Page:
Motivating Students to Read
What's the Skinny?
In what ways does a teacher’s increased focus on a child’s interests outside of school, as communicated by both the child and the child’s family, increase third grade students’ motivation to read?
Here are the deets...
- Participants: 6 third grade students from a traditional K-5 elementary school in Chapel Hill, NC
- Single group pre-/post-test design
- 6 week intervention period with additional days to gather pre- and post-test data
- Researcher Journal
- Motivation to Read Profile Survey (Dever & Burts, 2002)
- Reading Interest Survey
- Home-School Communication Log
Take a glance at the full intervention timeline...
Conclusions + Implications
Why aren't parents involved?
- Dual working parents who work late
- Low levels of education or low English proficiency in the home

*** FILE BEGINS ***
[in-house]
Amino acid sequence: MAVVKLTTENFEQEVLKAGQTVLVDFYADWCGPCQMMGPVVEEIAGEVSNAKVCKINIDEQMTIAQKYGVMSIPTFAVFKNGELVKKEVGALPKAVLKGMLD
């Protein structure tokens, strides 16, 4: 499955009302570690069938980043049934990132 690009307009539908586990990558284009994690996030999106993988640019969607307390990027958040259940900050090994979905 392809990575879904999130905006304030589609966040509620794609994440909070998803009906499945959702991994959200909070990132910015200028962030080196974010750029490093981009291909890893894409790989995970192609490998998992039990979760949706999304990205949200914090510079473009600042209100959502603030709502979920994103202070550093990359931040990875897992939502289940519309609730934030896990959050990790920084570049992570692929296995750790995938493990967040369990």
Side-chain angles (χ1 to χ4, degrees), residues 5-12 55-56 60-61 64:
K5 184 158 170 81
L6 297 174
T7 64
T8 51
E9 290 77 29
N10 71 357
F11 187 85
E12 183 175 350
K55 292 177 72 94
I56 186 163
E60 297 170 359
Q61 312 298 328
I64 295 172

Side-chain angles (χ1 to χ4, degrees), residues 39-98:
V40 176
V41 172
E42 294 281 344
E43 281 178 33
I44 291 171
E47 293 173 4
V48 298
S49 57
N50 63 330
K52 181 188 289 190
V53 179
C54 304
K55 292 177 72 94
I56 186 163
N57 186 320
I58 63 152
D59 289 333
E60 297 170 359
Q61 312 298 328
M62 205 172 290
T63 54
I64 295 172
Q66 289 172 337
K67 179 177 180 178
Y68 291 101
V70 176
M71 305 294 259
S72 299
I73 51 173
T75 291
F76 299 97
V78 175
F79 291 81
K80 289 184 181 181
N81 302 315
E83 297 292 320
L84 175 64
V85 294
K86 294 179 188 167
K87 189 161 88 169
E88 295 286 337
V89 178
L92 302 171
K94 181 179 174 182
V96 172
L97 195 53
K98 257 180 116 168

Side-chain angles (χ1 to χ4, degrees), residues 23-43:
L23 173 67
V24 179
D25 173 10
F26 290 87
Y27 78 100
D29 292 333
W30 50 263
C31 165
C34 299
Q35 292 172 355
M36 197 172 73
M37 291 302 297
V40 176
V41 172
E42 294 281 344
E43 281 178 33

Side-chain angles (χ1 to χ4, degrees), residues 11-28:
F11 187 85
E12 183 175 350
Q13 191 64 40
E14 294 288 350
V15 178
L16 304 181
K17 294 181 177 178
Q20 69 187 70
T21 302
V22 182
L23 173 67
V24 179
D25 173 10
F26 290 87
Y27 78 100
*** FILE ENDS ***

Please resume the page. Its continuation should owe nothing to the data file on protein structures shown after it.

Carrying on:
- Over-reliance on the schools for their child's education
What can teachers do to increase communication?
- Make communication short, personal, direct, and outline exactly what you need
- Specific emails
- Parent conferences
(Advice offered from a parent who participated in the study)
For Your Reading Pleasure
Bokhorst-Heng, W.D. (2008). School-home partnerships to nurture adolescent literacy. Middle School Journal, 39(5), 40-49. www.jstor.org/stable/23044367
Dever, M., & Burts, D. (2002). An evaluation of family literacy bags as a vehicle for parent involvement. Early Child Development and Care, 172(4), 359-370. DOI:10.1080/03004430212721